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Old 02-02-12, 01:33 PM   #1
DGoeder
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Advice on a possible purchase

I found an ad for a Scott Speedster (I believe it's an S1 from the pictures) for $500. I'm still pretty new at this and have a lot to learn, so I was wondering if that's a decent price?
I've been searching online for reviews and it seem that the price is pretty good if I'm looking at the correct MSRP when it was released. ($1500-$1700)?
One of the concerns I've come across is the mixed reviews of Aluminium frames. I'm 6'1" and around 235lbs. Some of the comments I have found seem to indicate that Aluminium frames tend to fatigue over time. Is that true? If so, how long a life would one expect to have?

It fits my budget right now, but I can wait for another deal to come along if its not worth it. Any thoughts would be appreciated.
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Old 02-02-12, 01:40 PM   #2
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I have a Trek aluminum that I rode for over 10 years at or above 250 lbs and have never had a problem with it.
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Old 02-02-12, 02:17 PM   #3
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Someone is going to come into this thread very soon and tell you all kinds of nonsense about aluminum. Disregard them, they are completely full of ****. I have a 10 year old aluminum MTB that I have wailed on for years. It's stll going strong.
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Old 02-02-12, 02:24 PM   #4
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The people who set up the bike at the dealership, have a significant input
on the Good bike part ,
adjustment, assembly attention to detail, and service after the sale.

I have an Aluminum framed Koga Miyata World tour WTR.. (with a Rohloff hub).

that is what people used them for..
touring all over the world, to pretty remote places..
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Old 02-02-12, 04:01 PM   #5
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Someone is going to come into this thread very soon and tell you all kinds of nonsense about aluminum. Disregard them, they are completely full of ****. I have a 10 year old aluminum MTB that I have wailed on for years. It's stll going strong.
OK, why don't you tell the truth and admit that you RIDE RECUMBENTS!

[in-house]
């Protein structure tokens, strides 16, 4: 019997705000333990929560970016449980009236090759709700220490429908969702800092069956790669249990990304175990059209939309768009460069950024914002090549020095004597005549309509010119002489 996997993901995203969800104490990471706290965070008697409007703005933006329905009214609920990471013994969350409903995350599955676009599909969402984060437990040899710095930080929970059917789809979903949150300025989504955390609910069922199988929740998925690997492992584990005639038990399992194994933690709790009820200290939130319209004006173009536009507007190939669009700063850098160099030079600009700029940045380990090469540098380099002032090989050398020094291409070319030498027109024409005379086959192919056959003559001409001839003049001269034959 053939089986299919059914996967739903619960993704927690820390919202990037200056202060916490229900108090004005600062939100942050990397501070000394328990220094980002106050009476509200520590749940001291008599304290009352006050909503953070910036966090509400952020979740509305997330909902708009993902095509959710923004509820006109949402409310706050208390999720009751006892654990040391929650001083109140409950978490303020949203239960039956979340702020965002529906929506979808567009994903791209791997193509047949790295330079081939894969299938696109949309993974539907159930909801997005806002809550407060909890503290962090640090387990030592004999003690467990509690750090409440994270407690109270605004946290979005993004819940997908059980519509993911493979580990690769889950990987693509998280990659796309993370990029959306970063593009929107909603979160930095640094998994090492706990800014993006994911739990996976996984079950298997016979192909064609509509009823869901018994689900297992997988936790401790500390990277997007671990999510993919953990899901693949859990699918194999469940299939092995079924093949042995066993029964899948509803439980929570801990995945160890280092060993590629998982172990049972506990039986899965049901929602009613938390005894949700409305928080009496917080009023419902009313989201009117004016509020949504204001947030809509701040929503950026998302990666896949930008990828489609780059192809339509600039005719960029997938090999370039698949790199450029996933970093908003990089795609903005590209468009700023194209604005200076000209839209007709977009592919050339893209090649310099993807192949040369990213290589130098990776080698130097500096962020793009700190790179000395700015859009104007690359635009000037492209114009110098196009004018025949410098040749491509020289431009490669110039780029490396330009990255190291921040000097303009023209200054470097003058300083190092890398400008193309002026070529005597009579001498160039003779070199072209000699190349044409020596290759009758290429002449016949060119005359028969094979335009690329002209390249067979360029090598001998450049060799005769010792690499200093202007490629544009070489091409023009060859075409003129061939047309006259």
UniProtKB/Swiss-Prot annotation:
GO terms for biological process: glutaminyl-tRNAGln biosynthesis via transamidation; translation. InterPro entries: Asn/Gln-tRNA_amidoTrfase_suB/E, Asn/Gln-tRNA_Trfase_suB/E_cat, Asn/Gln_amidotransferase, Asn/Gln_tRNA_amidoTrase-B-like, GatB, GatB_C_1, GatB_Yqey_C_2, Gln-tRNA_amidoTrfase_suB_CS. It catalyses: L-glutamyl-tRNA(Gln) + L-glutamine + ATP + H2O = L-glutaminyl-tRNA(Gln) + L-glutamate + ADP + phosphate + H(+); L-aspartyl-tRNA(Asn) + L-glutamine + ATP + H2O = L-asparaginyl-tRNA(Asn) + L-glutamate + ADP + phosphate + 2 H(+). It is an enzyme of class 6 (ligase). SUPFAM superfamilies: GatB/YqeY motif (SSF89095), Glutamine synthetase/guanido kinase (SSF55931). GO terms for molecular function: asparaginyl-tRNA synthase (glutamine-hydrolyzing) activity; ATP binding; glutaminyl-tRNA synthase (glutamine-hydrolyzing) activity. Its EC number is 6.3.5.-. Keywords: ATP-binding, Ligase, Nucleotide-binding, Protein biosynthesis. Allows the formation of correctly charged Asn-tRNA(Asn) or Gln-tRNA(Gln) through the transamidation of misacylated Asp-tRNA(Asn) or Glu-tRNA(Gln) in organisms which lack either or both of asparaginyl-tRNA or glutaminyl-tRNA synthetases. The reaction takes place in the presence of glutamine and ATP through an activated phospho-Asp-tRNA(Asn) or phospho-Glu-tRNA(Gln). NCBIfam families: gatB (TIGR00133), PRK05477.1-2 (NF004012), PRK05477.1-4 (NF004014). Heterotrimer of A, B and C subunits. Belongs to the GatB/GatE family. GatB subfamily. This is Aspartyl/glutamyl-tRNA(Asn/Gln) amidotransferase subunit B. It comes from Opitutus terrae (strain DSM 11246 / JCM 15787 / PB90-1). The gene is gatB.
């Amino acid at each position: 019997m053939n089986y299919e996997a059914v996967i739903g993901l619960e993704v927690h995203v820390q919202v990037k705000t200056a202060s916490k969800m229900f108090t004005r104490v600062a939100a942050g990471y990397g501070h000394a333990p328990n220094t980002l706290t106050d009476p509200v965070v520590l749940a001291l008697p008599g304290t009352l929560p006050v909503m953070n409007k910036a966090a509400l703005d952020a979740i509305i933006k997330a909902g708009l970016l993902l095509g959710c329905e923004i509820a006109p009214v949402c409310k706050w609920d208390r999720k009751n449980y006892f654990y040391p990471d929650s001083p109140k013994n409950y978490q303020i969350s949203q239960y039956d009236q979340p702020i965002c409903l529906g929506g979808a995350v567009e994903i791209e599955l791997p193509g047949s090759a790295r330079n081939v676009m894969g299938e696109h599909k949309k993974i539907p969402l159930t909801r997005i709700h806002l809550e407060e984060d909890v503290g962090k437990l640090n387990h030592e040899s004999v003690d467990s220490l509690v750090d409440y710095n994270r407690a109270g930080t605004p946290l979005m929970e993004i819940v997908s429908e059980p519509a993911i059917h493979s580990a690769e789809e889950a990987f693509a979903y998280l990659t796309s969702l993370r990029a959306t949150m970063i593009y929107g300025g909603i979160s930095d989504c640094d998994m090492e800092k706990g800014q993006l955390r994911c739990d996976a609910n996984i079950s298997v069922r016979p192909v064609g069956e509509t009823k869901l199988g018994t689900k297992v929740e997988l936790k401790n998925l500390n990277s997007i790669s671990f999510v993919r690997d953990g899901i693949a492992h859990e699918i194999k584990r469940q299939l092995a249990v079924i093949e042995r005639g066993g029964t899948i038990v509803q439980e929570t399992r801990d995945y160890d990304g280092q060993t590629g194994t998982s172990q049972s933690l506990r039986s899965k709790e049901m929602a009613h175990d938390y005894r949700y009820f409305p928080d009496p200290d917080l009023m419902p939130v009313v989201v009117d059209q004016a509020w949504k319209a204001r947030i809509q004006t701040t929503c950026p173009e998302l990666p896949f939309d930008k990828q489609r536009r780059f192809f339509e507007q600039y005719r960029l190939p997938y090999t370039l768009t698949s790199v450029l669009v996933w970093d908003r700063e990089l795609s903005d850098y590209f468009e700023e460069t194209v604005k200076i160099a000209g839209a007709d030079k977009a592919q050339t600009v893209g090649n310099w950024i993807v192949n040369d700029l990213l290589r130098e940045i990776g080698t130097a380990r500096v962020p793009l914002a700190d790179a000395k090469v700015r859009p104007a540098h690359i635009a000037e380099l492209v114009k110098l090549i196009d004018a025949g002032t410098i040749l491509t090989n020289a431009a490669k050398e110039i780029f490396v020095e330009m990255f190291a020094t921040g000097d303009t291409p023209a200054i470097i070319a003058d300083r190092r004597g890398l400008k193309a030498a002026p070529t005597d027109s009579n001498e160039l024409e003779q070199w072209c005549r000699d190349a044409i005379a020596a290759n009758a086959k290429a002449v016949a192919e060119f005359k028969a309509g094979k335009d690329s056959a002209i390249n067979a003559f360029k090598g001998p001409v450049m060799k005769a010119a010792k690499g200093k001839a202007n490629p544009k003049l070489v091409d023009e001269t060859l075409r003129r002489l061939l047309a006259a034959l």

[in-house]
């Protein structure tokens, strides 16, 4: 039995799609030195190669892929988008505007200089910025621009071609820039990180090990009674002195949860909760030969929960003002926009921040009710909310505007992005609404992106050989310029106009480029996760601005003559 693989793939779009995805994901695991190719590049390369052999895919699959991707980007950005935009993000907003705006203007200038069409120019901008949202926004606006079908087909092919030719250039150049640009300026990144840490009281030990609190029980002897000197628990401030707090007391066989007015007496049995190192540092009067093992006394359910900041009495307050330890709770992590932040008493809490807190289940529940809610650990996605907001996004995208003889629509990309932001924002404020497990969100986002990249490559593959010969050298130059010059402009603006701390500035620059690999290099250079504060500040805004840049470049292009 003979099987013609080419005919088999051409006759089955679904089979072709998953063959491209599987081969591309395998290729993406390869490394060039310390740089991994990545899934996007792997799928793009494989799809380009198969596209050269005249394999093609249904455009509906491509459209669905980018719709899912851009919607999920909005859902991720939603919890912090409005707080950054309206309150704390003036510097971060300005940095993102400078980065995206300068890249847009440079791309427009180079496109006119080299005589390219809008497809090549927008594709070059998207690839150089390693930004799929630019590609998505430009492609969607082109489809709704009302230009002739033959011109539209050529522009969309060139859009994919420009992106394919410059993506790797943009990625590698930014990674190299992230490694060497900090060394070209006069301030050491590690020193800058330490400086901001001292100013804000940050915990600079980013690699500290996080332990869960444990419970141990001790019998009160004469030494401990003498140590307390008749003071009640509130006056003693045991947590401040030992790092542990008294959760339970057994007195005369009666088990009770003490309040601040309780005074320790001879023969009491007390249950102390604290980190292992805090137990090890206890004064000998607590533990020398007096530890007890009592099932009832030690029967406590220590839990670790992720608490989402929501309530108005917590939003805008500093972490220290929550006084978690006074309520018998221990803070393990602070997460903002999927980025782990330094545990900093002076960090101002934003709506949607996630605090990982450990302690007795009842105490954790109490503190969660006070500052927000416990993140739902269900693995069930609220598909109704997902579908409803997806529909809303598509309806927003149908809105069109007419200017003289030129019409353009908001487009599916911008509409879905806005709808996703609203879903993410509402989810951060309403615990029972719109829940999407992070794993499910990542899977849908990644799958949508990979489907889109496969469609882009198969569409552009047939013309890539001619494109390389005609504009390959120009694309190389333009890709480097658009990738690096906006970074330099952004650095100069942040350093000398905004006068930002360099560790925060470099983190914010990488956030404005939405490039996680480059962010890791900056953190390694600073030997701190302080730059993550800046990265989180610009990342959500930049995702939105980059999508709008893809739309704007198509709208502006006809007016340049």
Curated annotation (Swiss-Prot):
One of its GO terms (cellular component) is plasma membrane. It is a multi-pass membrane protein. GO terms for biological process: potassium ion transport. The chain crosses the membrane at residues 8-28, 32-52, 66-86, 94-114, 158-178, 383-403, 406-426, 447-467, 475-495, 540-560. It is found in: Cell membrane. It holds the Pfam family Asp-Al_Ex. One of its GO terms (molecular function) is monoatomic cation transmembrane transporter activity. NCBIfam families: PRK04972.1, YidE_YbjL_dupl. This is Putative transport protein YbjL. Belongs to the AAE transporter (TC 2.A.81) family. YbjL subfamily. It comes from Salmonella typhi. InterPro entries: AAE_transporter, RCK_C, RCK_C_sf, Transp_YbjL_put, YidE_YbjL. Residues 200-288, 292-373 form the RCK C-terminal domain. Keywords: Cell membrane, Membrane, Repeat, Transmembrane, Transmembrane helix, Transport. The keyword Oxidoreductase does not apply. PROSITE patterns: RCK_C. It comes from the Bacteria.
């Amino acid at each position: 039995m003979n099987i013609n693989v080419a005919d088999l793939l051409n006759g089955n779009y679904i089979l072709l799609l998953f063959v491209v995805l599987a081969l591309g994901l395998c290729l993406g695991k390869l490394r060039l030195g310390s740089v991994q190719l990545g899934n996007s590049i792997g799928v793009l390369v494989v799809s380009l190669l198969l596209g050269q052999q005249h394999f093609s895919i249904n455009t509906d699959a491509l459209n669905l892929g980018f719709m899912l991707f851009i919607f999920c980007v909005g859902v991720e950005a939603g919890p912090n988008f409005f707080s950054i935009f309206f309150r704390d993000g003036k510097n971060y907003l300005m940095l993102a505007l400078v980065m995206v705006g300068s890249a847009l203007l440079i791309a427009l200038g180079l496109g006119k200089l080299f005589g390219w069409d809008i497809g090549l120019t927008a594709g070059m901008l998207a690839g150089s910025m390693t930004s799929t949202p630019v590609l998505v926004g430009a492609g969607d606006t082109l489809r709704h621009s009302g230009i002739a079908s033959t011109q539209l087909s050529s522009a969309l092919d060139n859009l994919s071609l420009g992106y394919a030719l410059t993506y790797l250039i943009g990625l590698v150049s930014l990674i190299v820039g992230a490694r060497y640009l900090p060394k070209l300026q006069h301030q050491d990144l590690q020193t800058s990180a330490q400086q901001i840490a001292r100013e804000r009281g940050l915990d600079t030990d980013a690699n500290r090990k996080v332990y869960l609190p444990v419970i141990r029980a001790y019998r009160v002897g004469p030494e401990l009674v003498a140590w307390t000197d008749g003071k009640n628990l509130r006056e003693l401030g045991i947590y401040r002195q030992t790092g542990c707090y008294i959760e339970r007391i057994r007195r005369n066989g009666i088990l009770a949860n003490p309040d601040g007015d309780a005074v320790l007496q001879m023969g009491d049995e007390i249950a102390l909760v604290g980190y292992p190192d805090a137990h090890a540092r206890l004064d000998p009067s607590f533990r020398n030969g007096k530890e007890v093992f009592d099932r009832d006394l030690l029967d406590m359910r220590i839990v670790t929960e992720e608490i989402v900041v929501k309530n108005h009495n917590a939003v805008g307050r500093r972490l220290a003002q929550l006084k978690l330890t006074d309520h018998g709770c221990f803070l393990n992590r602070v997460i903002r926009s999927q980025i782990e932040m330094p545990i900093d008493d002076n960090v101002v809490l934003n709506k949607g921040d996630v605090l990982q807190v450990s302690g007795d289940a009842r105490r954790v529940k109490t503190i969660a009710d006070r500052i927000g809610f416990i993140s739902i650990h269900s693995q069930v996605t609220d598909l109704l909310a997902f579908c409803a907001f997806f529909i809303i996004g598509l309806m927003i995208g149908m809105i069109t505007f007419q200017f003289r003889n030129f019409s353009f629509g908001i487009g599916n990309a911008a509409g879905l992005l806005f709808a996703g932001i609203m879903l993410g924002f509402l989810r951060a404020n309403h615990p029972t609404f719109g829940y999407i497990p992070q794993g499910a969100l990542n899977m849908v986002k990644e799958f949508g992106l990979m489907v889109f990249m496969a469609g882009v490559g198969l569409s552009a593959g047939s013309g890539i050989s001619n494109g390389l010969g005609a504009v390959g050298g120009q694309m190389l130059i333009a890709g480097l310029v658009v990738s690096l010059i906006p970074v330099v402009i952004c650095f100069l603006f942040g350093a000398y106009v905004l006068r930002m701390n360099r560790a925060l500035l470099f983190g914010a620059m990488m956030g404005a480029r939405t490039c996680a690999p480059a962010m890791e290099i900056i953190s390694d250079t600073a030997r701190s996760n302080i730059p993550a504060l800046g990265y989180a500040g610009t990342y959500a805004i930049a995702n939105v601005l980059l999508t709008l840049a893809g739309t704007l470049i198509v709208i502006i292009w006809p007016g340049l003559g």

Oh, back to the OP: aluminum is fine. My bent is aluminum. You can trust the material.
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Old 02-02-12, 04:13 PM   #6
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The fatigue issue is pretty much a non-issue for normal bikes. If it's something vintage or got a half-million miles on it, that'd be a concern. Look it over good and make sure it's not cracking anywhere.
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Old 02-02-12, 04:51 PM   #7
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Quote:
Originally Posted by DGoeder View Post
I found an ad for a Scott Speedster (I believe it's an S1 from the pictures) for $500. I'm still pretty new at this and have a lot to learn, so I was wondering if that's a decent price?
I've been searching online for reviews and it seem that the price is pretty good if I'm looking at the correct MSRP when it was released. ($1500-$1700)?
One of the concerns I've come across is the mixed reviews of Aluminium frames. I'm 6'1" and around 235lbs. Some of the comments I have found seem to indicate that Aluminium frames tend to fatigue over time. Is that true? If so, how long a life would one expect to have?

It fits my budget right now, but I can wait for another deal to come along if its not worth it. Any thoughts would be appreciated.
Just make sure it is the right size for you and it should be fine. Walk into any LBS and look all the MTBs and see what they are made of. Those puppies get abused and they hold up fine. Pick up a MTB magizine and see what the bikes you see flying through the air and racing down a single track are made of and you will see aluminum works just fine. Chances my next N+1 will be aluminum simply because I get more bang for the buck.
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Old 02-02-12, 06:29 PM   #8
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OK, why don't you tell the truth and admit that you RIDE RECUMBENTS!

Oh, back to the OP: aluminum is fine. My bent is aluminum. You can trust the material.
Only recumbents made from chromoly steel. The finest bicycle material known to man or God. Does Jamis make a recumbent?
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Old 02-02-12, 08:44 PM   #9
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Hi there DGoeder!

If you're intersted in a nice road bike, I would suggest that you go to your local bicycle dealreships and test-ride as many bikes as possible. My personal preference is a chromoly steel frame. I just love the feel of steel when riding. Some people prefer aluminum and some prefer carbon fiber. It's entirely your choice!

I always say try them all. If your preference turns out to be something other than steel, then Que Sera Sera!

For $560 I'd suggest the Jamis Coda Sport:

www.jamisbikes.com/usa/thebikes/street/coda/12_codasport_rd.html

- Slim

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Old 02-03-12, 08:51 AM   #10
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Since you admit you are new at this may i make a suggestion . To learn about components visit www.bikesdirect.com and your local bike shop.